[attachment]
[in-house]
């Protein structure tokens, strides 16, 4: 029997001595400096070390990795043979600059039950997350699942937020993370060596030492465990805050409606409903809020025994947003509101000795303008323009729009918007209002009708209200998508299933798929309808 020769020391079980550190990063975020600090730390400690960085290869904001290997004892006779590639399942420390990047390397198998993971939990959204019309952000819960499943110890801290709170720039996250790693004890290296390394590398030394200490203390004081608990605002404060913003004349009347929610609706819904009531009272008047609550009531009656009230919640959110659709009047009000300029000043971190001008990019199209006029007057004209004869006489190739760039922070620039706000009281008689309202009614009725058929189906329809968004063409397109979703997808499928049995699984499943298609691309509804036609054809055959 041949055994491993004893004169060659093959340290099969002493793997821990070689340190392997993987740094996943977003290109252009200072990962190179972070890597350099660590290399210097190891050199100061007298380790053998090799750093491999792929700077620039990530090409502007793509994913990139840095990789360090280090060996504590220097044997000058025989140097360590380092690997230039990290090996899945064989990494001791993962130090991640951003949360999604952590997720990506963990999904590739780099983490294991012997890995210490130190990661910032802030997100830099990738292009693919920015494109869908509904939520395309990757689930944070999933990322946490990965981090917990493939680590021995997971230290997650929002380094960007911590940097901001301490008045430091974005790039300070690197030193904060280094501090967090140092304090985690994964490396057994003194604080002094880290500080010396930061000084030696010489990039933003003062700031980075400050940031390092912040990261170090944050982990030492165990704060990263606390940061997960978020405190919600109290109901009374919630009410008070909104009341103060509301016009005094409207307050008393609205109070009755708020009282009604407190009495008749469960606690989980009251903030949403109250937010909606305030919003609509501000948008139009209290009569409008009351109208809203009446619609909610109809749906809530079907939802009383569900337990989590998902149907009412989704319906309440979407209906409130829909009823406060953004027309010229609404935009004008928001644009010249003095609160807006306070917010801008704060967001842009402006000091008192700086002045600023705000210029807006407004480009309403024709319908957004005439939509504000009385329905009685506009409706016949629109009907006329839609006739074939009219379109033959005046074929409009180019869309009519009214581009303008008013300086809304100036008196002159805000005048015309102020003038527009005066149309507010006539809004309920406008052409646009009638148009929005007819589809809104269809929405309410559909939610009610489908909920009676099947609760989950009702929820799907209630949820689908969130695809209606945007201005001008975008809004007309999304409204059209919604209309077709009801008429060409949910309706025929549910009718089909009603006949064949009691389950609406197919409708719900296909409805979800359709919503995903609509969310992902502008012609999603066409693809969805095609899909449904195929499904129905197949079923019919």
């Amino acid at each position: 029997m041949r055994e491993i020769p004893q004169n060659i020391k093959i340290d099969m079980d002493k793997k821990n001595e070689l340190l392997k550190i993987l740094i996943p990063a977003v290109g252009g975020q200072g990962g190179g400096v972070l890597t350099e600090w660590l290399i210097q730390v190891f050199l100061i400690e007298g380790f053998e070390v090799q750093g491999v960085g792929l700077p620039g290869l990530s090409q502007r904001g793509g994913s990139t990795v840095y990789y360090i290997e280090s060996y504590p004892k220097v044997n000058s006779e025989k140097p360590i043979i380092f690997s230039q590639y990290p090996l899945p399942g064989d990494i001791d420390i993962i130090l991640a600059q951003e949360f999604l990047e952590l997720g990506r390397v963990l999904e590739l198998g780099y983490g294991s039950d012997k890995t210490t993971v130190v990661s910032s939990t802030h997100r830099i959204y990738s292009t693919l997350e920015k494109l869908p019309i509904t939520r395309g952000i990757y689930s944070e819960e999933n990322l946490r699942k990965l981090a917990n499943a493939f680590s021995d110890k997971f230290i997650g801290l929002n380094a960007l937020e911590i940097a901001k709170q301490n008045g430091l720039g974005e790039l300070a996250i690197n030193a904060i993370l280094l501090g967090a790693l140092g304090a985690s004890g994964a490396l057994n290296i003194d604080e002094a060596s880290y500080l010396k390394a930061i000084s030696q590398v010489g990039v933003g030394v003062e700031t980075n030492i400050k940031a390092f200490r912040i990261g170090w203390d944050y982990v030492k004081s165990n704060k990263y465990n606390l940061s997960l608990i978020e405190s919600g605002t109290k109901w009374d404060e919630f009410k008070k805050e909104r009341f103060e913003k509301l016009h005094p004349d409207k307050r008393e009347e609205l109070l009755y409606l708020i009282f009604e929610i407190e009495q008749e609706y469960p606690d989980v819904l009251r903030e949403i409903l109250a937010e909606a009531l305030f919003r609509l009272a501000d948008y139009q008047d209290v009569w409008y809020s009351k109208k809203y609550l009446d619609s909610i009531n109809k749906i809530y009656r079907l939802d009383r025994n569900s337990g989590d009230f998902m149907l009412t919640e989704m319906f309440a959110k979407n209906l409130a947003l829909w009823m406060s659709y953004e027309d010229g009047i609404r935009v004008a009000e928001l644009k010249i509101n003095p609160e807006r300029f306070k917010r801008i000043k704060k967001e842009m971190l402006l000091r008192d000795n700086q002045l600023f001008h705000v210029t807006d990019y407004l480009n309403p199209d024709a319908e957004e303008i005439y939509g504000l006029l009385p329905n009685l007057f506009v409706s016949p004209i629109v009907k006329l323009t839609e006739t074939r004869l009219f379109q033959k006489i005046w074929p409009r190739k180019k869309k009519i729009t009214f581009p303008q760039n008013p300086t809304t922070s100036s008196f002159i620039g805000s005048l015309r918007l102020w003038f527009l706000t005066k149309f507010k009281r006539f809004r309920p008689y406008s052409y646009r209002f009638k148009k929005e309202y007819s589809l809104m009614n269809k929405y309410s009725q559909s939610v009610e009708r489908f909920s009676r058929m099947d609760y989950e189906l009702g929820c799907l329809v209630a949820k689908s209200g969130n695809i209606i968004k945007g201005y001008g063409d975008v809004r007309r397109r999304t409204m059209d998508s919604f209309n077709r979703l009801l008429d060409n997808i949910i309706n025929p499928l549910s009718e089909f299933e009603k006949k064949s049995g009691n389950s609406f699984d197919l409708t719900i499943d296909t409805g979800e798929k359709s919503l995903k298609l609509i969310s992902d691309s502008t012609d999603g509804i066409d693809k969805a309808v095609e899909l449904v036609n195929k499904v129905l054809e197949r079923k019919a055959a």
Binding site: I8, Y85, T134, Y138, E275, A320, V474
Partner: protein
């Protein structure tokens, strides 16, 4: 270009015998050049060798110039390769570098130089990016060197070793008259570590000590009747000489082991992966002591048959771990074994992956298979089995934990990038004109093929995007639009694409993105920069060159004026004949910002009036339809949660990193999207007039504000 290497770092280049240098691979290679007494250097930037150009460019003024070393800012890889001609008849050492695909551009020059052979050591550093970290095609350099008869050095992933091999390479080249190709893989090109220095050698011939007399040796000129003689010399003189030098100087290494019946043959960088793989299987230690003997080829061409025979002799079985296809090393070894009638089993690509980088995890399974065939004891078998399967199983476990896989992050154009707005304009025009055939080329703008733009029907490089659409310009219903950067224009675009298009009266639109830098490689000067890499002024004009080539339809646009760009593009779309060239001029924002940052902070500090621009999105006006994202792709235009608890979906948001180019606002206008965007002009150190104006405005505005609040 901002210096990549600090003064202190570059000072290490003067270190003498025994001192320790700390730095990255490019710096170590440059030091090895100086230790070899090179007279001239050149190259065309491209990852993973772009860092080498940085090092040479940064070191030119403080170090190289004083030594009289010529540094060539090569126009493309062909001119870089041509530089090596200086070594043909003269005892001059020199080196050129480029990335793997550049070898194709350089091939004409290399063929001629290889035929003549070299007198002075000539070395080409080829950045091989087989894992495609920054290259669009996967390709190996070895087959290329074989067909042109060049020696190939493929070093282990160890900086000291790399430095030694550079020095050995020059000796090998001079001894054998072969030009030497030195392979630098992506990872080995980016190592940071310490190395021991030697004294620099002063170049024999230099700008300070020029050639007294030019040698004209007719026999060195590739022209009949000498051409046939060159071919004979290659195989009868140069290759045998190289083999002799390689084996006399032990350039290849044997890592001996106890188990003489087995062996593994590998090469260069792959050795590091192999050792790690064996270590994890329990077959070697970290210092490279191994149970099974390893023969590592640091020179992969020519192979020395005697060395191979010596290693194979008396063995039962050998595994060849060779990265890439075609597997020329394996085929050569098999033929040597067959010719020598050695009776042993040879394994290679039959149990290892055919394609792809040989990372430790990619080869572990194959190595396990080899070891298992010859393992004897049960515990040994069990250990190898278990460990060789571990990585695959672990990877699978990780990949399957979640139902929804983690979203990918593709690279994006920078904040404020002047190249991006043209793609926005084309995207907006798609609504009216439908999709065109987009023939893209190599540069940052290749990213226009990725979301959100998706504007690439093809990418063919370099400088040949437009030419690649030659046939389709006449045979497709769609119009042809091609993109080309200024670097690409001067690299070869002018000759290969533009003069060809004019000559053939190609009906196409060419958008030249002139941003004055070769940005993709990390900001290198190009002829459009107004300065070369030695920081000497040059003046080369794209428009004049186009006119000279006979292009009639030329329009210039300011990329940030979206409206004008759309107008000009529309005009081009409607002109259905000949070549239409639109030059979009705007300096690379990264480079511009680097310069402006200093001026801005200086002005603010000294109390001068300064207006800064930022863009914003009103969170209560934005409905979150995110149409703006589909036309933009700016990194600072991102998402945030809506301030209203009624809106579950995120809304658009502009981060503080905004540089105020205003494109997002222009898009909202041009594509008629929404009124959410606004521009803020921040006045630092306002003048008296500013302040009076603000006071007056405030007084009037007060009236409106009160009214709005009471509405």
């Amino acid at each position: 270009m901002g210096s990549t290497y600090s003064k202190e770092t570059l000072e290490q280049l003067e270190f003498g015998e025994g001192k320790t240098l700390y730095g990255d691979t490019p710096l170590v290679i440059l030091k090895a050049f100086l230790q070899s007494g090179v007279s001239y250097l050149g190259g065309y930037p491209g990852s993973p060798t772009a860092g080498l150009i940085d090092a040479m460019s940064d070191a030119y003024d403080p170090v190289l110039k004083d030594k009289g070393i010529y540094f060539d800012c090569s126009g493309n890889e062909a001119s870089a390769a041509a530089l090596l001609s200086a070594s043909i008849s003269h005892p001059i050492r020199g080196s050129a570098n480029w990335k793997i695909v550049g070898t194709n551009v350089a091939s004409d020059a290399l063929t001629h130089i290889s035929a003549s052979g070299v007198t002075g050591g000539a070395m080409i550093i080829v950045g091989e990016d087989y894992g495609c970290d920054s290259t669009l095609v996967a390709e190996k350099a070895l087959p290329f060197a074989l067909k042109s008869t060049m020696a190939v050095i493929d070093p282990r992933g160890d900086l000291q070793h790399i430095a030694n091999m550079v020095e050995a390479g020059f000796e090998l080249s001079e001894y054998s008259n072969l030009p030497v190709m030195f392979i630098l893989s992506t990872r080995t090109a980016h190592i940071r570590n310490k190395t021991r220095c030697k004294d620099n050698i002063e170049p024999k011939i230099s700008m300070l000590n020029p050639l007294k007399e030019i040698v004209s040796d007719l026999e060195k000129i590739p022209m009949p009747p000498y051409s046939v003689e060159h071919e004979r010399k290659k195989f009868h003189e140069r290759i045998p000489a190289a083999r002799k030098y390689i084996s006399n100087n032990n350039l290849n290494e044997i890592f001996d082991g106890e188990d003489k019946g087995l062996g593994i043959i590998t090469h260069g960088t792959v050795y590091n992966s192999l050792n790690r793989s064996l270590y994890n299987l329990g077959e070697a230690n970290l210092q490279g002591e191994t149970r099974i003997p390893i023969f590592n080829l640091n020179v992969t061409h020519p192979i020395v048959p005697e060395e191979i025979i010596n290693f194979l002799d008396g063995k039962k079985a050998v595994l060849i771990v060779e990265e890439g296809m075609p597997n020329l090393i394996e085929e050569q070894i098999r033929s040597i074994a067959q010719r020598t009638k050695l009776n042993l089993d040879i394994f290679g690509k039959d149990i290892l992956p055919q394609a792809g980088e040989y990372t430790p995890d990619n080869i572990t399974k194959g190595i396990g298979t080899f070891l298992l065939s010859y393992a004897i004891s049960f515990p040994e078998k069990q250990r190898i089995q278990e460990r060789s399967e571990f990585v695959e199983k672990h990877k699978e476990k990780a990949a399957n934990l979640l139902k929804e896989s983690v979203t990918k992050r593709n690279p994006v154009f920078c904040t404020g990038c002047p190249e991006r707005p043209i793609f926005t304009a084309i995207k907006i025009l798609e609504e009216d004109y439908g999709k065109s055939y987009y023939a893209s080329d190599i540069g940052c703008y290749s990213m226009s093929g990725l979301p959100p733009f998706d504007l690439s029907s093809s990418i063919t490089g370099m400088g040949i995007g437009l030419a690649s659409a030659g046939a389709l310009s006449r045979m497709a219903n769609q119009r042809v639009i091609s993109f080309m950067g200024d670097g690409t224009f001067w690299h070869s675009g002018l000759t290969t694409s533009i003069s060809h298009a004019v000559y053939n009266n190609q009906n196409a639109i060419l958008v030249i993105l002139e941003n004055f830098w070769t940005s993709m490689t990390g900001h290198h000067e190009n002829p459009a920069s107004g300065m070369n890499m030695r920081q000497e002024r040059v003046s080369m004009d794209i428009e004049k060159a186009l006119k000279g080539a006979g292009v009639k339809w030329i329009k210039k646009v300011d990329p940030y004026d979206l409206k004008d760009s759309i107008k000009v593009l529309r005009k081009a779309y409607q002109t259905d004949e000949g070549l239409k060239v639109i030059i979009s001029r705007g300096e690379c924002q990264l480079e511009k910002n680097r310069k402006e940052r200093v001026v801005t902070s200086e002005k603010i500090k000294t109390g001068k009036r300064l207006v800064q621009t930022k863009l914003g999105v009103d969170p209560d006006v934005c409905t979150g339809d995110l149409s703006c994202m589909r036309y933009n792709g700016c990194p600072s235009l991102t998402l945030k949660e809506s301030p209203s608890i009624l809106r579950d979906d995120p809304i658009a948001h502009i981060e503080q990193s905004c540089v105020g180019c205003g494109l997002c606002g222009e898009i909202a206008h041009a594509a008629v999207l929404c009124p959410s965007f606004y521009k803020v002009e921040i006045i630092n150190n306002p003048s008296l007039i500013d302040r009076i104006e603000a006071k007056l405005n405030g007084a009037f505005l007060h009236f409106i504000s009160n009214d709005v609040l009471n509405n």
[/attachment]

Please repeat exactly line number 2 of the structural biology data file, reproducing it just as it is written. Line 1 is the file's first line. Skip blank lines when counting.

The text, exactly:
């Protein structure tokens, strides 16, 4: 029997001595400096070390990795043979600059039950997350699942937020993370060596030492465990805050409606409903809020025994947003509101000795303008323009729009918007209002009708209200998508299933798929309808 020769020391079980550190990063975020600090730390400690960085290869904001290997004892006779590639399942420390990047390397198998993971939990959204019309952000819960499943110890801290709170720039996250790693004890290296390394590398030394200490203390004081608990605002404060913003004349009347929610609706819904009531009272008047609550009531009656009230919640959110659709009047009000300029000043971190001008990019199209006029007057004209004869006489190739760039922070620039706000009281008689309202009614009725058929189906329809968004063409397109979703997808499928049995699984499943298609691309509804036609054809055959 041949055994491993004893004169060659093959340290099969002493793997821990070689340190392997993987740094996943977003290109252009200072990962190179972070890597350099660590290399210097190891050199100061007298380790053998090799750093491999792929700077620039990530090409502007793509994913990139840095990789360090280090060996504590220097044997000058025989140097360590380092690997230039990290090996899945064989990494001791993962130090991640951003949360999604952590997720990506963990999904590739780099983490294991012997890995210490130190990661910032802030997100830099990738292009693919920015494109869908509904939520395309990757689930944070999933990322946490990965981090917990493939680590021995997971230290997650929002380094960007911590940097901001301490008045430091974005790039300070690197030193904060280094501090967090140092304090985690994964490396057994003194604080002094880290500080010396930061000084030696010489990039933003003062700031980075400050940031390092912040990261170090944050982990030492165990704060990263606390940061997960978020405190919600109290109901009374919630009410008070909104009341103060509301016009005094409207307050008393609205109070009755708020009282009604407190009495008749469960606690989980009251903030949403109250937010909606305030919003609509501000948008139009209290009569409008009351109208809203009446619609909610109809749906809530079907939802009383569900337990989590998902149907009412989704319906309440979407209906409130829909009823406060953004027309010229609404935009004008928001644009010249003095609160807006306070917010801008704060967001842009402006000091008192700086002045600023705000210029807006407004480009309403024709319908957004005439939509504000009385329905009685506009409706016949629109009907006329839609006739074939009219379109033959005046074929409009180019869309009519009214581009303008008013300086809304100036008196002159805000005048015309102020003038527009005066149309507010006539809004309920406008052409646009009638148009929005007819589809809104269809929405309410559909939610009610489908909920009676099947609760989950009702929820799907209630949820689908969130695809209606945007201005001008975008809004007309999304409204059209919604209309077709009801008429060409949910309706025929549910009718089909009603006949064949009691389950609406197919409708719900296909409805979800359709919503995903609509969310992902502008012609999603066409693809969805095609899909449904195929499904129905197949079923019919």